Sosa was the darling of fans and media for much of the late-90s and early 2000s. During that time, the image portrayed of Sosa, by both the media and the team, likely wasn’t the most accurate. As we all know, Sosa eventually wore out his welcome with multiple headline-grabbing controversies (corked bat, smashed stereo, etc.) and after one final, and memorable, episode to end the 2004 season, Sosa was traded to Baltimore.

As I detail in a Baseball Prospectus piece (with glowing quotes from Bob Brenly, often one of Soriano’s biggest critics in the past) I wrote last year, Soriano’s Cubs career arc is quite the opposite. So much so, that when Kerry Wood mentioned that Sosa should return to the Cubs family as an ambassador of sorts, I actually thought of someone who would be better for that job once his playing days were over: Soriano.

Soriano’s work ethic, accountability and quiet, business-like approach to the daily grind are attributes that all young players should aspire to develop. He’s proven to be a leader, not by being loud in the clubhouse or standing on the top step of the dugout cheering his teammates on. Those things have value in their own way, but Soriano’s ability to lead by example is something that every young player needs to witness.

It may seem odd, but Soriano has 889 games played with the Cubs. That’s 388 more games played than with the Yankees, so unless he signs on for more than the 2014 season with New York, he’ll end his baseball career with the Cubs as his most tenured team.

Having Soriano share his experiences with the Cubs’ future in the coming years would be an invaluable asset. Soriano’s faced the pressure of the New York media as a much-hyped prospect. He’s signed the big money deal with the Cubs and dealt with the expectations of trying to carry a snake-bitten franchise to a championship. He’s faced extreme criticism through the years and handled it all with aplomb.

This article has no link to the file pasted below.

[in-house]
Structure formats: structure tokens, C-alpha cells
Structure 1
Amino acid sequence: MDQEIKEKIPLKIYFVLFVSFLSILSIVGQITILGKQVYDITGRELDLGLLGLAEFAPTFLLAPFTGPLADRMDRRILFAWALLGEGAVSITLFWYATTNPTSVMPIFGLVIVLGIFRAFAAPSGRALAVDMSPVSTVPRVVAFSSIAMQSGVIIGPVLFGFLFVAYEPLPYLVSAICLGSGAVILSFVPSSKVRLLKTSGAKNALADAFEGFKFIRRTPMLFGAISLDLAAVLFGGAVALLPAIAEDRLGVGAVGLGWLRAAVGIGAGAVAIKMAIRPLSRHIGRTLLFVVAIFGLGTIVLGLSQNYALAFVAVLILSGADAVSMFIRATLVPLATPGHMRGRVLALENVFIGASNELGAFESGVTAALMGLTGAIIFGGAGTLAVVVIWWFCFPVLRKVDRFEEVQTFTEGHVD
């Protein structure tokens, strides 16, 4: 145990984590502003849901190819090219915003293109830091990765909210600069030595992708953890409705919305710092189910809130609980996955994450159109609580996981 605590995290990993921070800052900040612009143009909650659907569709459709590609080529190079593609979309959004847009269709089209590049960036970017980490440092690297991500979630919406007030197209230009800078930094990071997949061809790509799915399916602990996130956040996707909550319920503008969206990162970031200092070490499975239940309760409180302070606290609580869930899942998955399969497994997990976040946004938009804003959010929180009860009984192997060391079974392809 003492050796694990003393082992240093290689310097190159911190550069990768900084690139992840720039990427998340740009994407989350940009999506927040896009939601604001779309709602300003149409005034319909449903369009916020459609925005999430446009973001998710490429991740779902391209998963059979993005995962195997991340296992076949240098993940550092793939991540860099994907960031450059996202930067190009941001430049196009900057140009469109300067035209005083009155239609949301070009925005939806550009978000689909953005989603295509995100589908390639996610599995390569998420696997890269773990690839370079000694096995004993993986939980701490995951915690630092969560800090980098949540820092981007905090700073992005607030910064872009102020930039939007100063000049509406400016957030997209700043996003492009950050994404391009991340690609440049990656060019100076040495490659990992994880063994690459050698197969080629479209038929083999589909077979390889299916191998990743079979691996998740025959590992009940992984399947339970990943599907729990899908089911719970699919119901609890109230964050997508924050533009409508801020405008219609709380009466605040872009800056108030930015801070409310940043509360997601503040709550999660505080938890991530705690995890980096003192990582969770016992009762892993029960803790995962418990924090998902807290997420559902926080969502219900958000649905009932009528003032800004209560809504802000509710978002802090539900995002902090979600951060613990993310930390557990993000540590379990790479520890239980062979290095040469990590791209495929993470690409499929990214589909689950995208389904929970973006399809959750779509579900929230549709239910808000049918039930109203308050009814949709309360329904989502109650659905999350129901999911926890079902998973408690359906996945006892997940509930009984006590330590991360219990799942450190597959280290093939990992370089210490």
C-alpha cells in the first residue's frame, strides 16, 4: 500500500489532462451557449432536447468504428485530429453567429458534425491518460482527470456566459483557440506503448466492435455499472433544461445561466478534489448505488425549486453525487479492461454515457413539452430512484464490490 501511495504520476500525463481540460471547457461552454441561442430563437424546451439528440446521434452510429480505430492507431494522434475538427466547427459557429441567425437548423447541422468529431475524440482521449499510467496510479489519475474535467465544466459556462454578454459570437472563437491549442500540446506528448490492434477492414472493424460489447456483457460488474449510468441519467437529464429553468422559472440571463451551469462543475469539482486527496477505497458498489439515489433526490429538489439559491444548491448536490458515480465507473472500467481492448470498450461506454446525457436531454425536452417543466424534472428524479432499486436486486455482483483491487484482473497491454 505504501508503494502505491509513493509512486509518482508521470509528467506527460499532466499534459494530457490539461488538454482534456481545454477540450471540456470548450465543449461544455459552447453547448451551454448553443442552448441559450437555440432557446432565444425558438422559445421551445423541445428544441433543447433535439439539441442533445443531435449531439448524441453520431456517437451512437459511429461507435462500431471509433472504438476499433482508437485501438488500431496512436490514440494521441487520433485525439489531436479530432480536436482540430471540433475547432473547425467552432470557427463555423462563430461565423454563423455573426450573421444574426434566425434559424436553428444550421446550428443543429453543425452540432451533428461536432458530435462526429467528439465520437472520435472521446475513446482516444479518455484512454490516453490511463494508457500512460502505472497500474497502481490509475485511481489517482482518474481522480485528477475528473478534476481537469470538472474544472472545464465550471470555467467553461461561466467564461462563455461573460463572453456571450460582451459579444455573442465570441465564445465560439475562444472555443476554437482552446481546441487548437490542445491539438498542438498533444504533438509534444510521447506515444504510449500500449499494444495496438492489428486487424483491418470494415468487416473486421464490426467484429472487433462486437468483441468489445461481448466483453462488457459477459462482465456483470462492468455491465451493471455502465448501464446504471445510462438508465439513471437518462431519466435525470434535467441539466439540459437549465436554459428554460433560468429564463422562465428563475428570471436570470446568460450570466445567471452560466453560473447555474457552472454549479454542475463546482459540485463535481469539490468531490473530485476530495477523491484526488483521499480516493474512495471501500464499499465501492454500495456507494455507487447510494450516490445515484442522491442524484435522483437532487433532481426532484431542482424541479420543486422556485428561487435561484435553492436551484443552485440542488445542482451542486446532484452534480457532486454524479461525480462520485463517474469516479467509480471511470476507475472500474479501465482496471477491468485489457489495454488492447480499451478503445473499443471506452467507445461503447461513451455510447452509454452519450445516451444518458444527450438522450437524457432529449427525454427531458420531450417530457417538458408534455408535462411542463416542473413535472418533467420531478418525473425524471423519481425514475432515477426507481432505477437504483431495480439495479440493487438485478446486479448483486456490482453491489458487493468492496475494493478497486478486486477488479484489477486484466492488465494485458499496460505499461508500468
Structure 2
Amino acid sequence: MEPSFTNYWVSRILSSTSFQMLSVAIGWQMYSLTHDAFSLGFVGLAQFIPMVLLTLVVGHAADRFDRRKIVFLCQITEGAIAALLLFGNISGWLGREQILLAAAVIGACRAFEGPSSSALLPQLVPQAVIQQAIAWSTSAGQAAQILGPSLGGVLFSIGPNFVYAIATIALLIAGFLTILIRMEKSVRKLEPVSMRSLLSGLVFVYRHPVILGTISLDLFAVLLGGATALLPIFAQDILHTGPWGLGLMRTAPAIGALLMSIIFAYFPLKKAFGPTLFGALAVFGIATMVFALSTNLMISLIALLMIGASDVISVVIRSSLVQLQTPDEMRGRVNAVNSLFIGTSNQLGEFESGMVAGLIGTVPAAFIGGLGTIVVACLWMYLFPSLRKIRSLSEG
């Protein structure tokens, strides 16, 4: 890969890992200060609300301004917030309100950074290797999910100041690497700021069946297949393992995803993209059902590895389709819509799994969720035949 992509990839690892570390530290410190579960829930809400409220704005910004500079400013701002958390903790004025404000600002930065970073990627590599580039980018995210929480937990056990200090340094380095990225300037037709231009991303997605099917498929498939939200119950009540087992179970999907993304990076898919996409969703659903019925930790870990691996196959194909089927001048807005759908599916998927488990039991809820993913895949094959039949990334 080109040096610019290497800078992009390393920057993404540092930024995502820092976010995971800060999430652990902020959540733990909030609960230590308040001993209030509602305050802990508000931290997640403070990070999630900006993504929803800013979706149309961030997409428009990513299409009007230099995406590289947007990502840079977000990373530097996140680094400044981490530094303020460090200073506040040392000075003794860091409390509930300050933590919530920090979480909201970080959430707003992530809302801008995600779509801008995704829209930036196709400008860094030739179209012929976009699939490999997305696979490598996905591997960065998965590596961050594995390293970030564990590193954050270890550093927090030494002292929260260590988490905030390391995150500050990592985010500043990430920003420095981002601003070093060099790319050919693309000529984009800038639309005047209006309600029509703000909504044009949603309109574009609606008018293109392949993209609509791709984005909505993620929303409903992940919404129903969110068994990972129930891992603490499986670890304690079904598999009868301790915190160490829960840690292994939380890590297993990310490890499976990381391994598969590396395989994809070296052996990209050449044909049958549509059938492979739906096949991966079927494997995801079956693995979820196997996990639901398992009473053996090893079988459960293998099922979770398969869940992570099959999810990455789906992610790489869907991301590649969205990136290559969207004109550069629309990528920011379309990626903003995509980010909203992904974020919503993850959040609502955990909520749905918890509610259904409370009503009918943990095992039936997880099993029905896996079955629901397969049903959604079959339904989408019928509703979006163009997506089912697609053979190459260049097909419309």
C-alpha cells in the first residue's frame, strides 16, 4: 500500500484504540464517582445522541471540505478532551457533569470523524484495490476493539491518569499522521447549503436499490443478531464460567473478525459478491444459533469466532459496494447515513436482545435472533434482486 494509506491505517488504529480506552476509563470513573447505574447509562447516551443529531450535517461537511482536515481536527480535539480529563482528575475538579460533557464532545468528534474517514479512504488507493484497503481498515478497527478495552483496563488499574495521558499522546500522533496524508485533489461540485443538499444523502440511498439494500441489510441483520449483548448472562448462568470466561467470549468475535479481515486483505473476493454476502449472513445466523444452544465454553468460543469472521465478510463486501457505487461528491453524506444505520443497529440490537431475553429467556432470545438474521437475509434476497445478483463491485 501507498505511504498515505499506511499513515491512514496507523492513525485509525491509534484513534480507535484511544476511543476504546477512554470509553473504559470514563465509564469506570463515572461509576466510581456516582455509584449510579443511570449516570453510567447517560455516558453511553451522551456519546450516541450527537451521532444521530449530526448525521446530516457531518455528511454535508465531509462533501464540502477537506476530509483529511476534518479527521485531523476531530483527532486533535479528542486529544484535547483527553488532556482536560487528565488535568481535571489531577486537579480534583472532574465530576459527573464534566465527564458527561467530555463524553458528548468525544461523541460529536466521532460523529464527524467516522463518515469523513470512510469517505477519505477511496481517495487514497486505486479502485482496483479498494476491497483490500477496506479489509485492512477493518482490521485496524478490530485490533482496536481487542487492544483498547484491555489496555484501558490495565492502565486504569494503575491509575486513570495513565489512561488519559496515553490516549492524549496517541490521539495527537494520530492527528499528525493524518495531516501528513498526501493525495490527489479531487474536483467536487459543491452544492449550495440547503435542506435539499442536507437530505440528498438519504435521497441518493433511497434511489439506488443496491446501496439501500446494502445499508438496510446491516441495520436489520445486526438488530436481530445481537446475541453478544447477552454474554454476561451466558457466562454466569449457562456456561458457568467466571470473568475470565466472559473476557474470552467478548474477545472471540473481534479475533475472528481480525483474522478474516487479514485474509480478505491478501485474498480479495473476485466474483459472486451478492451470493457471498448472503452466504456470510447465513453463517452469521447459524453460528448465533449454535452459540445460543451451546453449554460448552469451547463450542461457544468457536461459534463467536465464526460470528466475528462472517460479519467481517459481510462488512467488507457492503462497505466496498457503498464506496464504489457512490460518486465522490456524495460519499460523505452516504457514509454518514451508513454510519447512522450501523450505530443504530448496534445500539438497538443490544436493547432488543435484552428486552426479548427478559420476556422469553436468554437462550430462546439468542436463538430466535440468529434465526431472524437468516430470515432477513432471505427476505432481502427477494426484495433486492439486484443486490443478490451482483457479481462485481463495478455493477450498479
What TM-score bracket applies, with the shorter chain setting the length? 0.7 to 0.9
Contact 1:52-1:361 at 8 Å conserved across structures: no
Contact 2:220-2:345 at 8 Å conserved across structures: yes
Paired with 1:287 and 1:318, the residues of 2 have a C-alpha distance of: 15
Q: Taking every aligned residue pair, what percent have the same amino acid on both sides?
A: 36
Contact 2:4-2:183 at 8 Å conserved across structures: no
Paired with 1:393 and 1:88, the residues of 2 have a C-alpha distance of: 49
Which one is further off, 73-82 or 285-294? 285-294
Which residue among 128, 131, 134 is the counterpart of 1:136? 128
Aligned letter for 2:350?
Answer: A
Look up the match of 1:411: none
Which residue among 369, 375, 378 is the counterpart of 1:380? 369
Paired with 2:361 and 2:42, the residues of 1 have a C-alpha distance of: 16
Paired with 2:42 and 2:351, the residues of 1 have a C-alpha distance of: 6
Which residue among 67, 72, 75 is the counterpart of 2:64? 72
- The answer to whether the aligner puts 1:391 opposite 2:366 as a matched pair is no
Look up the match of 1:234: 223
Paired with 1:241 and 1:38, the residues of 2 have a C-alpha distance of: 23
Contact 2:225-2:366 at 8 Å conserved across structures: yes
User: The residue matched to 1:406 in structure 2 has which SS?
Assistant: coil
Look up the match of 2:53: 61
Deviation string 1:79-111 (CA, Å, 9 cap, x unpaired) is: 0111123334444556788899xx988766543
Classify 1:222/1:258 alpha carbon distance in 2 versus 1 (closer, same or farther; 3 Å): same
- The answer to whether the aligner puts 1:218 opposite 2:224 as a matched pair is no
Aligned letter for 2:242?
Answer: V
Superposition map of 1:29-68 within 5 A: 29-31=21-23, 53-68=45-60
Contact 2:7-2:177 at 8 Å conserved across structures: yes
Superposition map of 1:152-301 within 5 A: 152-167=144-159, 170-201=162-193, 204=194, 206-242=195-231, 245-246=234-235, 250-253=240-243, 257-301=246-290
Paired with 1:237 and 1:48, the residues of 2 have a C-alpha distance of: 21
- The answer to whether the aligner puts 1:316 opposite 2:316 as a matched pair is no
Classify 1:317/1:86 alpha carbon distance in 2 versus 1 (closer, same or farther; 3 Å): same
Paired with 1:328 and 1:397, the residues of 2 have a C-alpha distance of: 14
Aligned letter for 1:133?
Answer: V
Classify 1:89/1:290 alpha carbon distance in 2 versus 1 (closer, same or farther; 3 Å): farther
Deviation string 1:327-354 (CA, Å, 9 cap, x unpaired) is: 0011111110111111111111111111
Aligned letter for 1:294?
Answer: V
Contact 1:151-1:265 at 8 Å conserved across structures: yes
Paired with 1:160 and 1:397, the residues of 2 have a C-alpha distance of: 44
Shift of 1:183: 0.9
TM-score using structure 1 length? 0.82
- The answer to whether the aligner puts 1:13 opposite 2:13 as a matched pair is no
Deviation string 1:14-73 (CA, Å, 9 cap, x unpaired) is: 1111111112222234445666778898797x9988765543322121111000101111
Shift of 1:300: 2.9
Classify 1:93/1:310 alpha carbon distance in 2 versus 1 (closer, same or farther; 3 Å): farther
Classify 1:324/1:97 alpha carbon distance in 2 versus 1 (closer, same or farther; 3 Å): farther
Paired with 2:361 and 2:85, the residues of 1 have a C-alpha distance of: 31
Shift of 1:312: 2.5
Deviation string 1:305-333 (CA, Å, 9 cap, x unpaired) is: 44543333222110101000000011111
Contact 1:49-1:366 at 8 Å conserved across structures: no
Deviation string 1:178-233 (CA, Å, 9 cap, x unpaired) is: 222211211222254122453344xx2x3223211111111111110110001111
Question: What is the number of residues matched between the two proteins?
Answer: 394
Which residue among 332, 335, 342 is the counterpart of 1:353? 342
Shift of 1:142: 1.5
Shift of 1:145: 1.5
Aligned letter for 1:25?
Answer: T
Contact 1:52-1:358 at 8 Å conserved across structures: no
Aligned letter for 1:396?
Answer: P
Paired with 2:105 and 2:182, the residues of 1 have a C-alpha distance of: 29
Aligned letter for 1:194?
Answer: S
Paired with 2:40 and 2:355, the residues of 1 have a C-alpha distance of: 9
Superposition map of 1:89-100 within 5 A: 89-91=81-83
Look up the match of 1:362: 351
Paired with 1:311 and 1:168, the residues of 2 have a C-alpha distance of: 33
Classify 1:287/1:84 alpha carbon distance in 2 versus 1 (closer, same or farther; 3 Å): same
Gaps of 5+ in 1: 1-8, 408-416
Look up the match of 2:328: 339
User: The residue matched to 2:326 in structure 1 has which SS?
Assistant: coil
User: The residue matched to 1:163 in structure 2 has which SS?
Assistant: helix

Soriano’s been on quite the journey in his baseball career – going from the Dominican Republic, to Japan, to New York, to Texas, to D.C., to Chicago and now back to New York – and it just seems obvious that sharing those experiences would be invaluable to Cubs prospects, many of whom are not only experiencing professional baseball for the first time, but life in this country for the first time, as well.

I realize I’m just a novice in this business. In all likelihood, the veteran beat writers with whom I work alongside could rattle off plenty of players who they’d put ahead of Soriano on their ‘good-guy’ list. I’d love to have a long career and get to know many ball players in the coming years. And sometime down the road, when my life in baseball is over, I’ll have my own list. Soriano may not be at the top, but he’ll always be the first guy I covered who’s on it. In fact, one of the lasting images I’ll have of my early career will like be Soriano’s beaming smile, something that he seemingly had plastered on his face more often than not.

It truly was a pleasure to cover #SoriTime.

  • Polar Bear

    Well done, sir!

  • Roscoe Village Fan

    Some of my friends in the cubs organization have also been upfront about how generous Soriano has been through the years, whether it be time or tips. He’ll be missed but time to move on…good luck Soriano!

    • Spriggs

      you’ve got friends?

      • TWC

        You jealous?

        • Spriggs

          surprised and jealous.

    • Brett

      I am also a Roscoe Village fan (by which I mean a fan of Roscoe Village).

  • Jay

    There’s no way on God’s green earth that nobody tried to coach him on OF play back in 2006. They clearly saw he needed it and no major league club would have just thrown up their hands and let that go—he must have just resisted doing the work until two years ago.

    • Chris

      Bob Dernier would tell you that. He could not get him to work and Lou more or less said to hell with it.

      • Jay

        Which is why, along with his inability to not swing at sliders in the dirt, hit in the clutch, or not stand at the plate admiring homers that bounced off the wall, that I don’t really care how great he was to the media.

  • mudge

    It was the best of contracts; it was the worst of contracts. No one taught him to play the outfield; he refused to learn to play the outfield. He was a good family man, teammate and mentor to young players; he was a skirt-chaser who corrupted the innocent phenom Felix Pie and other aspiring kids, consigning them to lives of profligate degeneracy; a borderline HOF’er; he whiffed in the playoffs and swung at balls in the dirt; he was accountable, he was not accountable; ever the enigma, the paradox, the Cub, the Yankee, Alfonso, the enduring legend, if somewhat forgettable at the end of the day.

  • Funn Dave

    Sometimes I feel like BN’s biggest cheerleader, and sometimes I feel like BN’s biggest critic. Today, it’s the former. Great story. So sad to see him go.